On this page we attempt to make available the experience of individual bicycle tourists who have travelled with Canadian Airlines (you can share your experiences here).
Table of Contents
Update on Canadian airlines
Zoom Airlines went out several years ago, leaving me out $1200. Air Transat still takes bikes but charges $30 per leg of trip. Turn handlebar, remove pedals and remove air from tires. They provide a heavy duty plastic bag with the $30 fee. Remember to chock front wheels straight to frame to prevent damage.stokell, January 21, 2010
Canadian Airline updates
I observed that the list for bike friendly airlines is still listing Canadian Airlines. They merged with Air Canada several years ago.
Two other Canadian airlines that accept bikes are:
AirTransat - in a bag or box with tires flattened and bars and pedals reversed. No charge as sporting equipment
Zoom Airlines- in a bag or box with tires flattened and bars and pedals reversed. No charge as sporting equipment
Canadian AirlinesI understood that the OCA (Ontario Cycling Association) had an arrangement with Canadian Airlines (not Air Canada) on certain classes of flights booked through a specific travel agency. Has this changed or did the writer mean Canadian? Can anyone enlighten me?
My apologies. I DID mean Canadian Airlines. And a good thing too (for me at least), since Air Canada pilots are now on strike. The deal is that OCA members can fly their bikes free of charge on ALL Canadian Airlines flights. The ad in OCA's summer '98 newlsetter says to call American Express Travel to take advantage of this benefit, but I'm not sure if that's necessary. At the airport check-in, they tell you there's a charge for carrying the bike. If you tell them you're an OCA member, they ask for your membership card. End result: the bike flies for free.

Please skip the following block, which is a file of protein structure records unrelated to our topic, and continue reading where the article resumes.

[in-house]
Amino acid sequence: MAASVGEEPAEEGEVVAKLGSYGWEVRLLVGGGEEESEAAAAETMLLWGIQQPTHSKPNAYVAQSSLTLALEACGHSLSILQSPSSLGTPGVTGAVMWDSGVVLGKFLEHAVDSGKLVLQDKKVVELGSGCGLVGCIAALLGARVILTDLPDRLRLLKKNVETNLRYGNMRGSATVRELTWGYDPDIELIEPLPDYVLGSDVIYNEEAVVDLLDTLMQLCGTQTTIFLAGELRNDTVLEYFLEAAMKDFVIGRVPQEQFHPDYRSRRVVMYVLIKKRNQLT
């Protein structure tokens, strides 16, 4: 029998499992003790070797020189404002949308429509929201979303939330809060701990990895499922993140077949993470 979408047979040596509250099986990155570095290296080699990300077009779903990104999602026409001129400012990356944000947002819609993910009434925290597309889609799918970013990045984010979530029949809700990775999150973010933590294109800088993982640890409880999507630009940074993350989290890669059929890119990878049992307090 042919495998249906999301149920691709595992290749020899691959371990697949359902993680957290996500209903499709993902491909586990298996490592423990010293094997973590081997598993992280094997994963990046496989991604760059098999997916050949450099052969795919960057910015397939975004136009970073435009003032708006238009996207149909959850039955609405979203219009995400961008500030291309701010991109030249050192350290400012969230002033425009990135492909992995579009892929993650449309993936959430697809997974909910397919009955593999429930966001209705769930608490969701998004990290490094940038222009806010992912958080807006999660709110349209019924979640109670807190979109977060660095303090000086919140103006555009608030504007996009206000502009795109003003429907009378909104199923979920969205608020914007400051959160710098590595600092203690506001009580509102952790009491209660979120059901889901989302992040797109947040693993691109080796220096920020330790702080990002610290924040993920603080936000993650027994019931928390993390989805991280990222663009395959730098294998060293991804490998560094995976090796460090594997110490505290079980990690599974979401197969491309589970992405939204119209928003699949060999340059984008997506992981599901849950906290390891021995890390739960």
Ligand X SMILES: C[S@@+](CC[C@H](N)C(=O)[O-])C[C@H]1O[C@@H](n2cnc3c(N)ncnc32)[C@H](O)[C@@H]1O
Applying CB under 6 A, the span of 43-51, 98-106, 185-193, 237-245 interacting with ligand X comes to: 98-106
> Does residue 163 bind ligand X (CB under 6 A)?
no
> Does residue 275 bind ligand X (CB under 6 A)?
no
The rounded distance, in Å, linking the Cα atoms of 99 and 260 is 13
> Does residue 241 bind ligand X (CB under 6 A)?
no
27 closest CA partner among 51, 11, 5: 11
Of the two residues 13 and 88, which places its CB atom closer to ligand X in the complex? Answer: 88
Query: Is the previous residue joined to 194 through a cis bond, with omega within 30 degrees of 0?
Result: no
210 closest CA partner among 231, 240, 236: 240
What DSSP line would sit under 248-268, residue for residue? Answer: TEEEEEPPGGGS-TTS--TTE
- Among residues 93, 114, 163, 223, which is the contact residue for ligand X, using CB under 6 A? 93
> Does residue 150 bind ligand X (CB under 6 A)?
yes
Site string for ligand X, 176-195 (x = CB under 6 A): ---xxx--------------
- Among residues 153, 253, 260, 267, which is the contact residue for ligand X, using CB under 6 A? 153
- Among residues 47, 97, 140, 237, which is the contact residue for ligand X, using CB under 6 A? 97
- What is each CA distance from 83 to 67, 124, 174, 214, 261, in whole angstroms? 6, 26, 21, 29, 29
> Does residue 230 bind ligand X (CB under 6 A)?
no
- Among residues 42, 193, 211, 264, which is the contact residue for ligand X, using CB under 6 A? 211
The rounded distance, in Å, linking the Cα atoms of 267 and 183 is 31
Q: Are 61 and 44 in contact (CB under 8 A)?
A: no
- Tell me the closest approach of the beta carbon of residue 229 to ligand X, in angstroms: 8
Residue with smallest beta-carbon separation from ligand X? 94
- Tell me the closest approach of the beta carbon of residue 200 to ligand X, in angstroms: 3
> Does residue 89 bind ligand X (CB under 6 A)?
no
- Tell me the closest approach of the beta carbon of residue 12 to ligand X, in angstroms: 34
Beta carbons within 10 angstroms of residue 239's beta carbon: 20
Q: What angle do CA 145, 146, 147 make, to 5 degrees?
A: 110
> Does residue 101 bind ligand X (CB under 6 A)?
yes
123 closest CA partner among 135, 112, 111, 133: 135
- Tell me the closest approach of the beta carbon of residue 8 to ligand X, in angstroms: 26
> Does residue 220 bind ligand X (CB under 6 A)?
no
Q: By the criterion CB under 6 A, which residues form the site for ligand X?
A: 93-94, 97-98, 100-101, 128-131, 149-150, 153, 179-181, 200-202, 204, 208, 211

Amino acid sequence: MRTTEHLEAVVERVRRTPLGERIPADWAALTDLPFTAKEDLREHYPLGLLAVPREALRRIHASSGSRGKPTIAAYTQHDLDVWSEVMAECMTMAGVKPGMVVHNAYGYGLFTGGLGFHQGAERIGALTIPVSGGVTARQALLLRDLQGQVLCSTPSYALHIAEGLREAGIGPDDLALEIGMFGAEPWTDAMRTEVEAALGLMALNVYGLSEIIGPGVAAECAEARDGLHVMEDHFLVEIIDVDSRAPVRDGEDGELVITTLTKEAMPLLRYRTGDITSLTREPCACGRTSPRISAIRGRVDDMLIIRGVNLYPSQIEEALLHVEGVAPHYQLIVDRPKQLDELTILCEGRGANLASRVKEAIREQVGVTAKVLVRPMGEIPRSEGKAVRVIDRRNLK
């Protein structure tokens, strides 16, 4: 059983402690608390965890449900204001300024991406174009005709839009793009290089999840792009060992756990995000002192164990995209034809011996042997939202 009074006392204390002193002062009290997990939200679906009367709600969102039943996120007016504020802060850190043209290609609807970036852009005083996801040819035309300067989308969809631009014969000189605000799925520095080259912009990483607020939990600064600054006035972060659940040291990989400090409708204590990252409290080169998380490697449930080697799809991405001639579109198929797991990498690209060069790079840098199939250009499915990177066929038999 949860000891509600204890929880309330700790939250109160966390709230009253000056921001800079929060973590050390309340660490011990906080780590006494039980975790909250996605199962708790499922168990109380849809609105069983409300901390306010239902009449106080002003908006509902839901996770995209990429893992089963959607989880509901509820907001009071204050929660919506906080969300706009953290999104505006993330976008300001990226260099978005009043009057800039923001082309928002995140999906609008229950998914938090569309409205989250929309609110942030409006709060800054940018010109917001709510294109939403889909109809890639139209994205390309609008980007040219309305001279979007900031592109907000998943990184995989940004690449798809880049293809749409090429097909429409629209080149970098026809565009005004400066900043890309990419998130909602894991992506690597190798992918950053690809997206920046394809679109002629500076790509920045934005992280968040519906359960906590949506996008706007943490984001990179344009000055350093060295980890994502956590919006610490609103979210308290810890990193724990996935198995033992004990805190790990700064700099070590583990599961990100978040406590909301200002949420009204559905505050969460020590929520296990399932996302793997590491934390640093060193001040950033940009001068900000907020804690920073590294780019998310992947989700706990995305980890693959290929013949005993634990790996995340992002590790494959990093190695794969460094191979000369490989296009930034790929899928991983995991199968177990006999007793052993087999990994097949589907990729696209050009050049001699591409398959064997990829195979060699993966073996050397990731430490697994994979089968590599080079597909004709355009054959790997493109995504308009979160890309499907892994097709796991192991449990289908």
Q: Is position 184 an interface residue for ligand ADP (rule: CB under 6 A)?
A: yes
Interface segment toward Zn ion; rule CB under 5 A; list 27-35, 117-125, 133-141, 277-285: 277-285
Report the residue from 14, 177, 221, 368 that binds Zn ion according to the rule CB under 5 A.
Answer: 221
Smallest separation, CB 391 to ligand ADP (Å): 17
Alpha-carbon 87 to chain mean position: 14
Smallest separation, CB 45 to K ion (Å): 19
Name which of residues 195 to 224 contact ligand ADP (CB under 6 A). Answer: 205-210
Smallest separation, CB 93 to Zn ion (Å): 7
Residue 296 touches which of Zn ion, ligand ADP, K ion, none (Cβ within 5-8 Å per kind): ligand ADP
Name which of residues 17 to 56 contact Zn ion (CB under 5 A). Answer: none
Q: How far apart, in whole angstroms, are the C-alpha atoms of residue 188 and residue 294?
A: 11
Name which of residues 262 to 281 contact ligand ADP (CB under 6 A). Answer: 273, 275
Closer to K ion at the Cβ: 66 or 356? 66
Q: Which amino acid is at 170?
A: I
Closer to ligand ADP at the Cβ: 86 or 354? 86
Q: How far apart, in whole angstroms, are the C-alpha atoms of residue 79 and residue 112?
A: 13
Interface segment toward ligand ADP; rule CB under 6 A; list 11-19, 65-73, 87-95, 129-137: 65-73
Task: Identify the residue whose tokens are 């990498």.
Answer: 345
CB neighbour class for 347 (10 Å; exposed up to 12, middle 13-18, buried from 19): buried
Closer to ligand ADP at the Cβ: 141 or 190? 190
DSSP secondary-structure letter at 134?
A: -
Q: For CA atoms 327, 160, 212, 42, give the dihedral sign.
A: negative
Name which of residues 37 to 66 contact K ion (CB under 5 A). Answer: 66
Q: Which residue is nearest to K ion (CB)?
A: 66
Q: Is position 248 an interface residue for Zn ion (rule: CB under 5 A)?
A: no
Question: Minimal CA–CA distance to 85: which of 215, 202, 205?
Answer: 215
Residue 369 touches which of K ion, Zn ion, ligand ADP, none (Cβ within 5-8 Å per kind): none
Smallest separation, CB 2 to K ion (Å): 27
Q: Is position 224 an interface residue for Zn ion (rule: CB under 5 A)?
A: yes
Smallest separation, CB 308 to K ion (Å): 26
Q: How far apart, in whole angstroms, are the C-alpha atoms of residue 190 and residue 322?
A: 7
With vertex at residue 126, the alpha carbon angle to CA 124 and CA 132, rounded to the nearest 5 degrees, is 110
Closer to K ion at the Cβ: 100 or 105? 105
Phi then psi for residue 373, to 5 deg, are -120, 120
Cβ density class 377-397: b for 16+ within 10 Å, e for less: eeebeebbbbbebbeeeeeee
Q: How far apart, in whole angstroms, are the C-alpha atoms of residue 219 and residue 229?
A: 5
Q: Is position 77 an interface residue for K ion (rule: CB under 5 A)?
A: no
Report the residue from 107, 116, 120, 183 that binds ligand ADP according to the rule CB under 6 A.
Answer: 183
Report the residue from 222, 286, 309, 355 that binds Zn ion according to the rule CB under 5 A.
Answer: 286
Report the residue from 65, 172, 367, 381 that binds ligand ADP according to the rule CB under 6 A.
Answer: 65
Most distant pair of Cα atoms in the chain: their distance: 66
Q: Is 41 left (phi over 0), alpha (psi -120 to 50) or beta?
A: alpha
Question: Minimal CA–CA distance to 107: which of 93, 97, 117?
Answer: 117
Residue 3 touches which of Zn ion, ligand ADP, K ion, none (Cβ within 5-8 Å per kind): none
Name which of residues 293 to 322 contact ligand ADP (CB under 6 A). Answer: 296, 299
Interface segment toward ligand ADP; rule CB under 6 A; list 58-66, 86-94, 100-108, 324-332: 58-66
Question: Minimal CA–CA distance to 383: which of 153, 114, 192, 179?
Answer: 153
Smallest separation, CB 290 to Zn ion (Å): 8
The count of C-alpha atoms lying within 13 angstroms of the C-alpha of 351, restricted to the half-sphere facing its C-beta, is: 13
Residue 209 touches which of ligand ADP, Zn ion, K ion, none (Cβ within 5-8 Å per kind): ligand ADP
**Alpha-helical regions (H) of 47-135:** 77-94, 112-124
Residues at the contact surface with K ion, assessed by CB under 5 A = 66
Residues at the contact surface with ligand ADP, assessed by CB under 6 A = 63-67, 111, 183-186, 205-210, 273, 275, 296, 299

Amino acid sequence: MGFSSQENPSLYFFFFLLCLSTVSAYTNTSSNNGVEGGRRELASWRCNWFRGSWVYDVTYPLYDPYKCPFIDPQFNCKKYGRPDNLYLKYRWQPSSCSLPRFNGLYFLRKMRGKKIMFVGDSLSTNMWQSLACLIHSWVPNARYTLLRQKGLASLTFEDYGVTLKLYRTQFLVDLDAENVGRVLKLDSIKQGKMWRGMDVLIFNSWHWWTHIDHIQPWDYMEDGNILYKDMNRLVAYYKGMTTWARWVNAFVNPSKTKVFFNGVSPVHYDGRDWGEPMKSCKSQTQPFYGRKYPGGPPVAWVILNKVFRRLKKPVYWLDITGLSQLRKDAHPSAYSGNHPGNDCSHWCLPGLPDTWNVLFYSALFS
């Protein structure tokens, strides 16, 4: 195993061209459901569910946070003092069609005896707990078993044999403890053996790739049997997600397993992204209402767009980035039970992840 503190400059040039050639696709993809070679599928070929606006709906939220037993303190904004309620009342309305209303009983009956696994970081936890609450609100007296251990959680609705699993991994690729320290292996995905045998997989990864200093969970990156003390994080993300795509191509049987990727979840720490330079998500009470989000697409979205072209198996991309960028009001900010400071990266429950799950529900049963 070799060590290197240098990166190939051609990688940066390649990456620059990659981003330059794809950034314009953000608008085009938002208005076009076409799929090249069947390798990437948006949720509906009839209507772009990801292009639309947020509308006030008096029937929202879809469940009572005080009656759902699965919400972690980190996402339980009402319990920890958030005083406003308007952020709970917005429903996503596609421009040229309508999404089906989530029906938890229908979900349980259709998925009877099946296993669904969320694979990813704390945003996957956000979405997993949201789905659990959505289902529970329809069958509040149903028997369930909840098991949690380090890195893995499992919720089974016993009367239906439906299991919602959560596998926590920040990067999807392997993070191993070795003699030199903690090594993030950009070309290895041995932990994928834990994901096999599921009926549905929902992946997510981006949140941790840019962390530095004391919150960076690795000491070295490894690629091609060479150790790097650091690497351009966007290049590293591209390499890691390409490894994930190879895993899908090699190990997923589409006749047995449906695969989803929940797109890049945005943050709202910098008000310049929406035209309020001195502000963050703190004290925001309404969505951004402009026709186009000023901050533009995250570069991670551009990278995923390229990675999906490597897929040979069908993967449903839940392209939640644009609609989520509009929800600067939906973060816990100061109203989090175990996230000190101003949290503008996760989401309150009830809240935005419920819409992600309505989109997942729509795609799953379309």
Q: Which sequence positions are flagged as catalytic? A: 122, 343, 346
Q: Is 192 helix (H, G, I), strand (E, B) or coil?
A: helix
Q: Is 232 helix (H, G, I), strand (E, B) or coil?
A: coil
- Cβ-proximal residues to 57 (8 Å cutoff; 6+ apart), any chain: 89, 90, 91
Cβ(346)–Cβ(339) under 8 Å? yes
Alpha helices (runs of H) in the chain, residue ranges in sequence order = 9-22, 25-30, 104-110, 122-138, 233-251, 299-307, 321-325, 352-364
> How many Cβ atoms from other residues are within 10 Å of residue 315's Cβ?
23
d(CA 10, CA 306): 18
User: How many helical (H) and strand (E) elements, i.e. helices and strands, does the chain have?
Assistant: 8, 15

Spirit Compass Music
Mississauga, Ontario, Canada
Trip 1: 1993 - Heathrow (UK) - Vancouver (BC) Calgary (Alberta) - Heathrow (UK)
Bike boxed up & well padded, having no faith in the baggage handlers. Although it was not specified the bike had to be boxed, I'm sure it was worth the extra bit of effort involved. Panniers were the second piece of luggage and no problems were encountered, check-in operators very helpful. On the way back, finding a box in Calgary and then transporting it back to the airport was interesting, I was told there were no boxes at the airport. A very generous taxi driver spotted me struggling with this big box and took me to the airport for nothing.
I recently (March 15, 1997) traveled to Cuba with my bicycle via Canadian Airlines. I arrived at Toronto airport with the bike boxed and with my panniers separate. Canadian provided a heavy plastic bag for the panniers, and they went as one piece of baggage. The second piece of baggage was, of course, the bike. There was no additional charge. Canadian Airlines are the best at transporting bikes!
Coming back from Santiago de Cuba was not quite so simple; then nothing is in Cuba! They were not able to provide me with either a plastic bag or a box for the bike, but it survived the journey in one piece. Again, there was no charge. Brian_Hedney Voice mail: 905-885-3217 x253 My homepage is located at: http://www.eagle.ca/~hedneyb TRINITY COLLEGE SCHOOL